Holmes vs Cooney: The Good the Bad and the Ugly
By Simon Graham
As champion during the 80’s Larry Holmes continually found himself the outcast, boxing pundits, experts and fans would consistently diminish the boxing legacy that Holmes was forging for himself.
Holmes on numerous occasions would ask what more he could do to convince the boxing world he was the legitimate successor to the world heavyweight title, he hated being portrayed as the bad man the man who ended the career of the great Muhammed Ali, all he wanted was to be loved and respected as being the best man of the division.
Sadly even today Holmes has never been forgiven for battering an ageing, ailing Ali into submission in 1980.
Holmes throughout his career would be the man everyone wanted to see lose, whatever the calibre of opponent he faced, fight fans could clearly been seen and heard baying for the blood of Holmes.
Never had a fighter ever entered the ring let alone a champion that had the boxing world against him, for Holmes this only spurred him on to achieve greater glory.
Holmes had beaten Ken Norton in a very close 15 rounder in 1978 to win the WBC heavyweight title, dominating the division with his superb jab and counterpunch style.
He pushed into the 80s beating the likes of Mike Weaver, Renaldo Snipes and Leon Spinks cleaning up an ageing era.
Since Ingemar Johansson in 1960 there had not been a white heavyweight champion for 22 years so when Gerald Arthur Cooney destroyed (ironically) Ken Norton in two emphatic rounds the boxing world sat up to take notice of an emerging 6’6” white Irish American.
Gerry Cooney turned pro in 1977 and smashed his way up the heavyweight division with 25 KO’s from his first 26 fights. But it was that win over Norton that set the tone for his world title attempt a fight that would capture the imagination of fight fans, movie stars and politicians but ultimately would set light to a deep burning racial undertone that at times would burn out of control.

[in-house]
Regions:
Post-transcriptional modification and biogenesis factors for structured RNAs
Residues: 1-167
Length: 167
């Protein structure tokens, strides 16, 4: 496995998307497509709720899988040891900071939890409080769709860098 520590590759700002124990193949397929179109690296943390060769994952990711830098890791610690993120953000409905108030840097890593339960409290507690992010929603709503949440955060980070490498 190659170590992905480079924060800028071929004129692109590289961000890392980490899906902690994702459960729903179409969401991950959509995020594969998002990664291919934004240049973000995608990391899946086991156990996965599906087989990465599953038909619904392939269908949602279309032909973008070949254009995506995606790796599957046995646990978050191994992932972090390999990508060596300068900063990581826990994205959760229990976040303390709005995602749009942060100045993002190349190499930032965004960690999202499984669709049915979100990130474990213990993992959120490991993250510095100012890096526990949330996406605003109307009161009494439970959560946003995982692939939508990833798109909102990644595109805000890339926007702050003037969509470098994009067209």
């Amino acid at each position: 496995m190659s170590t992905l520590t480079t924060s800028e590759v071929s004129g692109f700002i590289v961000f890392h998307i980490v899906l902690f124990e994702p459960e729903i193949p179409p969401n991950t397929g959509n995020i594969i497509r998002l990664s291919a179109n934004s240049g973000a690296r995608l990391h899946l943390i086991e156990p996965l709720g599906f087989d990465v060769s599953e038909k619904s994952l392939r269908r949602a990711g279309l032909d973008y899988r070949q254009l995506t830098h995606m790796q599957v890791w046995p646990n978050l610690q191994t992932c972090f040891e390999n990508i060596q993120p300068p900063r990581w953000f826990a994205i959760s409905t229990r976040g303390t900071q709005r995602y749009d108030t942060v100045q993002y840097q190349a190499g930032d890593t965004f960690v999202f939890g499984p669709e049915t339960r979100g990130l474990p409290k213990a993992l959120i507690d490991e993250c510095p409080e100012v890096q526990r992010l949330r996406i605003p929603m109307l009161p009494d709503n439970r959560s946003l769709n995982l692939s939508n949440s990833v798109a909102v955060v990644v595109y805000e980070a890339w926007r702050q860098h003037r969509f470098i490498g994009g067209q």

Holmes v Cooney was set for Caesars Palace, Las Vegas, Nevada June 1982 but the hype for the clash had started during the previous year. Promotors Don King and Dennis Rappaport embarked on one of boxings biggest campaigns in boxing history to raise public interest, it didn’t take long for it to escalate into more than a fight.
The media frenzy around Cooney to become the first white champion in 22 years was palpable, he appeared on the cover of every magazine from Ring magazine to Time magazine and quickly became known as the “Great White Hope.”
Incensed by the hype, Holmes received insult after insult, it was argued he was to old to beat the younger Cooney, the 20 million dolour purse was split equally between the two fighters which was unheard of and grossly unfair to the champion.
The Holmes camp were even accused of being racist’s at every public media event, which prompted threats of shooting from white supremacists met with threats of retaliation from black groups, the night of the fight would see Police snipers positioned in high vantage points around the venue because of those threats.
The Fight itself the richest in history at that time was pretty one-sided. Cooney gave a good account of himself after being dropped in round 2 but the gulf in class was clear to see.
By round thirteen Cooney was behind of the judges cards bleeding from a cut eye and taking heavy punishment. Holmes boxed a superb technical fight finally landing a big right on Cooney who after falling into the ropes was mercifully saved from an evitable knockout by his corner man.
Cooney distraught by his loss fought 5 more times finally retiring after losing in devastating style to George Foreman who was on the comeback trail in 1990.
Holmes defended the WBC title a further 5 times before being robbed of achieving and equalling a record of 49 fights undefeated by Michael Spinks, a further insult to a man who should be honoured and remembered for being a great champion.
Amidst all the animosity, hype and media frenzy on that night in 1982 Larry Holmes and Gerry Cooney would become great friends, Holmes would at every opportunity answer the call of Cooney to help with his boxing foundation F.I.S.T a foundation aimed at getting ex pro boxers new jobs and much needed help after the final bell had rung on their careers.
Holmes was and is genuinely a nice man he had to play the role of the bad man simply through no choice of his own, the people disrespected him and continually disrespect his legacy, all he truly wanted was to be was the ‘Peoples Champion.’